Rebar and other structural remnants pose risk of injury or death on the river, Olympic National Park official warns; other recreation remains limited.
Olympic National Park warns that leftover structural debris at the site of the former Elwha Dam poses a “high risk of serious injury or death” for rafters, paddlers and swimmers on the Elwha River.
The dam was removed in 2012, but remnants of the dam’s foundation remain. That includes rebar and “long, sharp pieces of twisted metal” that extend close to the water’s surface, according to a warning issued Friday afternoon. Boulders and swift currents in the area compound the risks.
“The risk of snagging a boat on the remaining metal is high and presents a very real danger to boaters and swimmers,” Olympic National Park Superintendent Sarah Creachbaum said in an emailed statement. “Until we are able to correct this problem later this year, we urge everyone to portage around the old Elwha Dam site.”
The site is in Clallam County west of Port Angeles, between U.S Highway 101 and state Highway 112, outside Olympic National Park. The park is working with the U.S. Army Corps of Engineers to develop a plan for removing the metal during this summer’s low river flows.
A recommended 700-foot portage route around the dam site is described as “difficult,” including a 100-foot elevation gain.
In the world’s largest project of its kind, the Elwha Dam and nearby Glines Canyon Dam, taken out in 2014, were removed to restore fish habitat and the natural river ecosystem.
Other recreation access limited
The Elwha River is closed to boating from the Smokey Hill Trail (formerly Upper Lake Mills Trail) downstream to the now-closed Altair Campground. The river is open to boating from the Altair Campground downstream, but boating through the former Elwha Dam site is strongly discouraged.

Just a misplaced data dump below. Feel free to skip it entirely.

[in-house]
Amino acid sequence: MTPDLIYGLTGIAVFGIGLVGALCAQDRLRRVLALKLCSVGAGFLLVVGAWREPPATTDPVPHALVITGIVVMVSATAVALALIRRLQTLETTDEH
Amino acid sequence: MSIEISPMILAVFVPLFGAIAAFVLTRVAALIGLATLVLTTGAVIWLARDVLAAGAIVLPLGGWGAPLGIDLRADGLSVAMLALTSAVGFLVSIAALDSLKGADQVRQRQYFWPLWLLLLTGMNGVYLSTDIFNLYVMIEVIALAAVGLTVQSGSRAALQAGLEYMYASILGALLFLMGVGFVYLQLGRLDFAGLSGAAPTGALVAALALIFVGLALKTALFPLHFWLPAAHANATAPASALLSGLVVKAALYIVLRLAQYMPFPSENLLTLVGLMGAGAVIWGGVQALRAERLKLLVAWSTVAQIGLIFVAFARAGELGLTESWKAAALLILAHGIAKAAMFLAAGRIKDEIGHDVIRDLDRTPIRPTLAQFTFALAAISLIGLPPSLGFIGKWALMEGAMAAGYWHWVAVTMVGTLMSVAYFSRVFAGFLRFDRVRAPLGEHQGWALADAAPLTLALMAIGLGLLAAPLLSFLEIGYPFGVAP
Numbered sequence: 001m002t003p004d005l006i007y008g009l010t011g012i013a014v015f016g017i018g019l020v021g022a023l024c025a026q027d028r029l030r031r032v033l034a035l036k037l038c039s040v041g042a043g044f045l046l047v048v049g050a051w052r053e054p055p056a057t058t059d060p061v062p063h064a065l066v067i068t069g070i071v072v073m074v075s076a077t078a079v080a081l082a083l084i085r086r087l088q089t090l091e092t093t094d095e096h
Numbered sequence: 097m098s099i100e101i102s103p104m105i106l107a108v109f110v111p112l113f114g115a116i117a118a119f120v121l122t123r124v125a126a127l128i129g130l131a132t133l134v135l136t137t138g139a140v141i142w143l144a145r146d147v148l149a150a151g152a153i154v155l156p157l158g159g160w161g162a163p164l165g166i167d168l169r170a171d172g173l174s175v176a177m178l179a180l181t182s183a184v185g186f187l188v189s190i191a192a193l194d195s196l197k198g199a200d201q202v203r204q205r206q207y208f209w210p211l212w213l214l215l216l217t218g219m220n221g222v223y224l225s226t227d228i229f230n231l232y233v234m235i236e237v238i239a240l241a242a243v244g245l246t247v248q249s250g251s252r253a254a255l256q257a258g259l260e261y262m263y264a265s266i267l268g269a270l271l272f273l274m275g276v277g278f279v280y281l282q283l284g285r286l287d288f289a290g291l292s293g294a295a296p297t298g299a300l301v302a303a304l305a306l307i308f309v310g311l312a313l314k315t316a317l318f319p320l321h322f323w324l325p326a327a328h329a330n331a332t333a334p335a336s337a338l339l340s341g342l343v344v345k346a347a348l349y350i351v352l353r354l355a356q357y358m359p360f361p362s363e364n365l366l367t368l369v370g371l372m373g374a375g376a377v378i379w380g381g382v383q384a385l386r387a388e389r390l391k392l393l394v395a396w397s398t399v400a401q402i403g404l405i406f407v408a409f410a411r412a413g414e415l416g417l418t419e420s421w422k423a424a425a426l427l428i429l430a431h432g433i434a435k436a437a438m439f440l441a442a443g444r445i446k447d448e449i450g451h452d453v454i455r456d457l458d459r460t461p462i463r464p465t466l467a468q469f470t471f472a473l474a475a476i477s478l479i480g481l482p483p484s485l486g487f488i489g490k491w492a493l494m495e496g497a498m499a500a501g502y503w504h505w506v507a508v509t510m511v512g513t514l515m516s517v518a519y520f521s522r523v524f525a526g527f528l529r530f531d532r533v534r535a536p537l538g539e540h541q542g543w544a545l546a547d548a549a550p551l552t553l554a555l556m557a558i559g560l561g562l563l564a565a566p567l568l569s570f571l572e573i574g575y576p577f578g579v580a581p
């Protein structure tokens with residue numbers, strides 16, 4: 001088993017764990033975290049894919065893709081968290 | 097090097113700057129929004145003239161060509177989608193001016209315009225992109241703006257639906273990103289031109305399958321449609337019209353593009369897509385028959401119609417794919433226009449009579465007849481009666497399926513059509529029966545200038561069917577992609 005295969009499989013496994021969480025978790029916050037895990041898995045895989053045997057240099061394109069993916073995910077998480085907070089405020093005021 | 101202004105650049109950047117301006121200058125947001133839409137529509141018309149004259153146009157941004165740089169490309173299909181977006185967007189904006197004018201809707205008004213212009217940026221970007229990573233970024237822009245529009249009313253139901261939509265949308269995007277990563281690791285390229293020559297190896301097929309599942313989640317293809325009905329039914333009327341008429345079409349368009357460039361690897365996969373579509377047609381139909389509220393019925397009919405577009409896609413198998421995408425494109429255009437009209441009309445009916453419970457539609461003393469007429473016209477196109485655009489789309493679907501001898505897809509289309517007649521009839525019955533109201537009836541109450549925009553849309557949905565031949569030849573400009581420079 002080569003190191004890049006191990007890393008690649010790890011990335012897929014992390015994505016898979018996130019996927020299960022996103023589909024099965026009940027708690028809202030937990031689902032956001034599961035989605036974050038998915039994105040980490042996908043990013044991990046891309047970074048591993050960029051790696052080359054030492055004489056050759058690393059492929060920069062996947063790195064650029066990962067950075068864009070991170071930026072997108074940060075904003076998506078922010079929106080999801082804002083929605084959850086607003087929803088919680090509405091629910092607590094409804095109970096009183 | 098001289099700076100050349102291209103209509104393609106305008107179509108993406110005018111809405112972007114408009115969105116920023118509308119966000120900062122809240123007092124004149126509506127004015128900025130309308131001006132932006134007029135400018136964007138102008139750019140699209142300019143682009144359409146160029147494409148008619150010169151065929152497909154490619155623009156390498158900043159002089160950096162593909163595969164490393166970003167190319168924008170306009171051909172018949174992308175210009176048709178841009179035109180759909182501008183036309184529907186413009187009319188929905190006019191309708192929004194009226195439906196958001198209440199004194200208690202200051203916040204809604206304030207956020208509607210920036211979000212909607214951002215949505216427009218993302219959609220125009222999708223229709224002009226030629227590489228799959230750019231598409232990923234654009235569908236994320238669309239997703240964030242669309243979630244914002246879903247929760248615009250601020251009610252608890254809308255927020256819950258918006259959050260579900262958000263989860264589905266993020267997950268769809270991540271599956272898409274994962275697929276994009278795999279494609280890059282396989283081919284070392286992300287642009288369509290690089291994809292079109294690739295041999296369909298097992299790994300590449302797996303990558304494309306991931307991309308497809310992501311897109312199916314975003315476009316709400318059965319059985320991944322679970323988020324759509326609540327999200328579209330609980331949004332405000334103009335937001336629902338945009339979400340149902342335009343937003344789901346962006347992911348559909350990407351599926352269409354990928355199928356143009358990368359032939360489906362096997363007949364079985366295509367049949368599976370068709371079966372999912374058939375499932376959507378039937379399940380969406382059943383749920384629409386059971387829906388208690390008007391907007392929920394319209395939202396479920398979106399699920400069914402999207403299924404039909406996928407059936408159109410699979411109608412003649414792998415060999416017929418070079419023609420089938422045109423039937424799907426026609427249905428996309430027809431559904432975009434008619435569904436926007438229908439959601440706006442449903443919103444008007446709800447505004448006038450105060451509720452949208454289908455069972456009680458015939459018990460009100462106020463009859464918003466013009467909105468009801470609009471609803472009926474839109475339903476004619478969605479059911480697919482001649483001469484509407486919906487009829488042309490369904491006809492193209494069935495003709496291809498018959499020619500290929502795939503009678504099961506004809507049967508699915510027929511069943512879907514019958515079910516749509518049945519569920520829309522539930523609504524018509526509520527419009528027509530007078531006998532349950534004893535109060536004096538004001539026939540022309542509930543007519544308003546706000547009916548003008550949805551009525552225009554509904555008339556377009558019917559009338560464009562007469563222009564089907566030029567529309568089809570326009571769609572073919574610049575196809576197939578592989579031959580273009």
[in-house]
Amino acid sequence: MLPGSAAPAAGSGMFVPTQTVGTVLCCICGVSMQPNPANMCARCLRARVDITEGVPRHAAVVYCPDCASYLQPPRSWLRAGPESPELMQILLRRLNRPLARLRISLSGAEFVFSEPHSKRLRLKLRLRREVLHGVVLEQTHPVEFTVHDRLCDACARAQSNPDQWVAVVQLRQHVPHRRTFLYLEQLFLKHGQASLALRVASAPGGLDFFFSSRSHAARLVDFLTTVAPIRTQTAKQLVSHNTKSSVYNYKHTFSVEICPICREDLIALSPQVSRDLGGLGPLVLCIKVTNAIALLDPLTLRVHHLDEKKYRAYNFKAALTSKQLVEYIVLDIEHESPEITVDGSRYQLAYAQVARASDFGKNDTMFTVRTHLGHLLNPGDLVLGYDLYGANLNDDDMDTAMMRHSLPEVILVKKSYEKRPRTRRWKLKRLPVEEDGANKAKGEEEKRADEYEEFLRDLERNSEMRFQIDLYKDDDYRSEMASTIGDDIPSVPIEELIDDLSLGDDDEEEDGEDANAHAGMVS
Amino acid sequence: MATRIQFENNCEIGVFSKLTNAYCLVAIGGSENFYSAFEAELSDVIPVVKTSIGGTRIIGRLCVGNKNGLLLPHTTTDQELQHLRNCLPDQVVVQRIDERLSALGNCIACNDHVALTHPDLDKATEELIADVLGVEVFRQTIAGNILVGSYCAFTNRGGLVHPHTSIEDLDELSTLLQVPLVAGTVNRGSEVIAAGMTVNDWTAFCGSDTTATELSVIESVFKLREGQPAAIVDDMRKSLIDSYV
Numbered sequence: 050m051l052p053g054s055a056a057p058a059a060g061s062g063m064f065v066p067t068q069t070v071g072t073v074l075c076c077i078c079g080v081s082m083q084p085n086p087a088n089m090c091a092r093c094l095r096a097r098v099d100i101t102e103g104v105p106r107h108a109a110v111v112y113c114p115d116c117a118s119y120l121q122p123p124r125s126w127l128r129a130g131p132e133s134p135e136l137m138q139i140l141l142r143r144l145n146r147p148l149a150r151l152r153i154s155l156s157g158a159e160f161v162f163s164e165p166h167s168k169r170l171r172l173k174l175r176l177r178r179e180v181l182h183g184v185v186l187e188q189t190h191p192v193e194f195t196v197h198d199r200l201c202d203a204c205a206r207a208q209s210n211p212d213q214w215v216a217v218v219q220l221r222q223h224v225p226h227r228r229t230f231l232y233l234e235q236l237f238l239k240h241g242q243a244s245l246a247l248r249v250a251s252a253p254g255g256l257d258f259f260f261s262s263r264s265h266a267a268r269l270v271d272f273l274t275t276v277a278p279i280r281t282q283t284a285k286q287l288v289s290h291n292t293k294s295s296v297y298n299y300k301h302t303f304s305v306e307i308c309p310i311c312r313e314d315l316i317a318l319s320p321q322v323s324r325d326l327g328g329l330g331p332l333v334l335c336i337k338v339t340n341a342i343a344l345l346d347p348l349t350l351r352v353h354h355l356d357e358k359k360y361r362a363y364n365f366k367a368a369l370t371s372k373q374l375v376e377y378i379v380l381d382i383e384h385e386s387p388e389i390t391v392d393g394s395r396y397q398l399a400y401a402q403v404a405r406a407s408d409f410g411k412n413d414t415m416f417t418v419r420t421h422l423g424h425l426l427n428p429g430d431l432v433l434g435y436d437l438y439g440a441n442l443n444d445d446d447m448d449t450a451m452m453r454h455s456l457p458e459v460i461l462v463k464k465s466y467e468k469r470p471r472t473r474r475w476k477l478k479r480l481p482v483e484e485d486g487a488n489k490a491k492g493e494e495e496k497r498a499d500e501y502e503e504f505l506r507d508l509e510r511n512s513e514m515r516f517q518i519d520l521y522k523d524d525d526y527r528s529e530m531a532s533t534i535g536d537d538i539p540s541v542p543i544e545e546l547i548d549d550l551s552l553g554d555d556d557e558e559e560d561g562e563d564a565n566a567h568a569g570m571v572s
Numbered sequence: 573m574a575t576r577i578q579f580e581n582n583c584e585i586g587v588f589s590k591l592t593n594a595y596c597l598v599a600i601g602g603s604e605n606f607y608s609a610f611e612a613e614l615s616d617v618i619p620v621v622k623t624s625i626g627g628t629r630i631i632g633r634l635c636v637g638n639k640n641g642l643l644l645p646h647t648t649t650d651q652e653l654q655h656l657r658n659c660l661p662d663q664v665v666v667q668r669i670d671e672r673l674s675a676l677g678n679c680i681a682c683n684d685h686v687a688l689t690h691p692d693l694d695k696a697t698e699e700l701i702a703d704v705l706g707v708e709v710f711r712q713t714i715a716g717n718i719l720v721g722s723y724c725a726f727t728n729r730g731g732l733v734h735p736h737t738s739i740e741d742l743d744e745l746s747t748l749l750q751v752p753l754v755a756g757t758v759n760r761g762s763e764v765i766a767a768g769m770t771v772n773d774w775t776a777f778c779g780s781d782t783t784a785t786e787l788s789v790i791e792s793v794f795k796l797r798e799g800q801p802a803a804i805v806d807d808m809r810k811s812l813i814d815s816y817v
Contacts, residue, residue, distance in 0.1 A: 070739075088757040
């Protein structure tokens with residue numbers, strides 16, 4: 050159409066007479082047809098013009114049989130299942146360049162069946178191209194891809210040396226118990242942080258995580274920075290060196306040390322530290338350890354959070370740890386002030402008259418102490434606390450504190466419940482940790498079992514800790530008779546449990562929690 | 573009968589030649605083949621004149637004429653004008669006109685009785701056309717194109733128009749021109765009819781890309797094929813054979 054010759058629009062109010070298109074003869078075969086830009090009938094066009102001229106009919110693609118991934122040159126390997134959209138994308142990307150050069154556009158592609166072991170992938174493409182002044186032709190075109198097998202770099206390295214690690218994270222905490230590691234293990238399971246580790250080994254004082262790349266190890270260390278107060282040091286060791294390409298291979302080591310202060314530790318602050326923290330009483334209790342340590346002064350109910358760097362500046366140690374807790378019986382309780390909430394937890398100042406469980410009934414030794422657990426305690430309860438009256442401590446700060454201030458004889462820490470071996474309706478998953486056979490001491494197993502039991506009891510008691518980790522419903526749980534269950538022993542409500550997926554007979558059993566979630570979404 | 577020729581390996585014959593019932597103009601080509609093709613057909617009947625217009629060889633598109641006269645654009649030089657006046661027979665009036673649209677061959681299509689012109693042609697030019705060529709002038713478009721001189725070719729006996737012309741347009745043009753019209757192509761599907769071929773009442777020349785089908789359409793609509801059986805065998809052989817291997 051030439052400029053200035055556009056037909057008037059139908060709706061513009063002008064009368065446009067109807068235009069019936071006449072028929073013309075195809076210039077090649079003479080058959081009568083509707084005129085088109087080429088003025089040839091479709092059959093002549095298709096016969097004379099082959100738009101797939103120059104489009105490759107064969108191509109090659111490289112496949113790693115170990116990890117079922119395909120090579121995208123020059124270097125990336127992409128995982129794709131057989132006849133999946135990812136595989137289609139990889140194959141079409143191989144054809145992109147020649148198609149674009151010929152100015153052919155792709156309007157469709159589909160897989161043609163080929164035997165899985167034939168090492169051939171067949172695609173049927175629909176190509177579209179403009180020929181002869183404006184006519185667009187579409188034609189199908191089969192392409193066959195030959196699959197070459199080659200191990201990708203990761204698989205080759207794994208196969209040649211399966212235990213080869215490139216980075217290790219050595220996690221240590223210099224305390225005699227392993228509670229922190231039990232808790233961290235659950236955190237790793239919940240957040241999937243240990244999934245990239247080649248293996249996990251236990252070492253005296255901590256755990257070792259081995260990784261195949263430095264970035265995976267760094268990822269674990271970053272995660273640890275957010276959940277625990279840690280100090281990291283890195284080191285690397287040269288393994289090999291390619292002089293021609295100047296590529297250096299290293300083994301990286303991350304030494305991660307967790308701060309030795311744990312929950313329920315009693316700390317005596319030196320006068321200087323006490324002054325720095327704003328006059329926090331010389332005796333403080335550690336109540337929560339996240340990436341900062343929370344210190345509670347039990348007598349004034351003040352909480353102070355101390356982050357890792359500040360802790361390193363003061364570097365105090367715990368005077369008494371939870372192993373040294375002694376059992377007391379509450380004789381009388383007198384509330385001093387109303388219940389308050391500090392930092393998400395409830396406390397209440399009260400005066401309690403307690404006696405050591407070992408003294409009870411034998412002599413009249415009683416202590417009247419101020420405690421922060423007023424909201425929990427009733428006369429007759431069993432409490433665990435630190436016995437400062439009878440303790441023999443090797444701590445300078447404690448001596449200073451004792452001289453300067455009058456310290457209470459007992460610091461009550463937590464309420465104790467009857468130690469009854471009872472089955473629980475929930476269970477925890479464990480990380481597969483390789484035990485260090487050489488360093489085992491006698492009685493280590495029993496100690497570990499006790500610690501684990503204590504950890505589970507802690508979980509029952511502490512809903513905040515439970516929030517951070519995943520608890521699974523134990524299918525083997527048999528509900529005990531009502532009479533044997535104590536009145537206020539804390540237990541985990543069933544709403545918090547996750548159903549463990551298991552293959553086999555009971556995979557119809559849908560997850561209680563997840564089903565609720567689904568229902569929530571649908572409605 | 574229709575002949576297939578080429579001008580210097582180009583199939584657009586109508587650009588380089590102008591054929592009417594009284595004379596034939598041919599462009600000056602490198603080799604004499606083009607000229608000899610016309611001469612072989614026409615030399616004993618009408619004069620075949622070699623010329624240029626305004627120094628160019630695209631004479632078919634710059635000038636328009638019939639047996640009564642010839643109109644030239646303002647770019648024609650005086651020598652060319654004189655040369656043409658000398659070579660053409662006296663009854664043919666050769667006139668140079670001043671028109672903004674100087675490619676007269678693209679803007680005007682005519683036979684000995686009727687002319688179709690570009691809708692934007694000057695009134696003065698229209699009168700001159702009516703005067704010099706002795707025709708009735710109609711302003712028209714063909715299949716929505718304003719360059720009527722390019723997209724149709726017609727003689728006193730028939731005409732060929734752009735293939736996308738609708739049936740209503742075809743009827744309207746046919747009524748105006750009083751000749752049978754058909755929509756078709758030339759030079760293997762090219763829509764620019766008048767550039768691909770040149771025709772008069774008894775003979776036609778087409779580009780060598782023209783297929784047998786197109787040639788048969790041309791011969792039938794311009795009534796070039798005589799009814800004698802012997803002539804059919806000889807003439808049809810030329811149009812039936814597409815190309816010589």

The Olympic Hot Springs Road, which provides access into the upper Elwha Valley, remains closed to motor vehicles at the park boundary due to a major road washout. (Get more background here.) National Park Service and Federal Highway Administration engineers have completed plans for repairing and reopening the road. These plans are currently under review by the National Marine Fisheries Service, a branch of the National Oceanic and Atmospheric Administration (NOAA), and U.S. Fish and Wildlife. The agencies, which oversee management and protection of threatened and endangered anadromous fish and fish habitat, are reviewing plans to ensure that threatened chinook and bulltrout populations are not adversely affected.
The U. S. Army Corps of Engineers and Washington State Department of Ecology are also reviewing the park’s plans. Once plans are approved, construction is expected to take approximately eight weeks.
The road is currently open to pedestrians, bicyclists, horses and leashed pets. Trails remain closed to pets and bicycles, as normal. Hikers planning day or overnight hikes into the Elwha Valley will need to begin their hikes at the park boundary. From the closure, it is a seven-mile walk to the Whiskey Bend Trailhead and an eight-mile walk to the Boulder Creek trailhead.
For more information about visiting Olympic National Park, including current road, campground and trail conditions, see www.nps.gov/olym.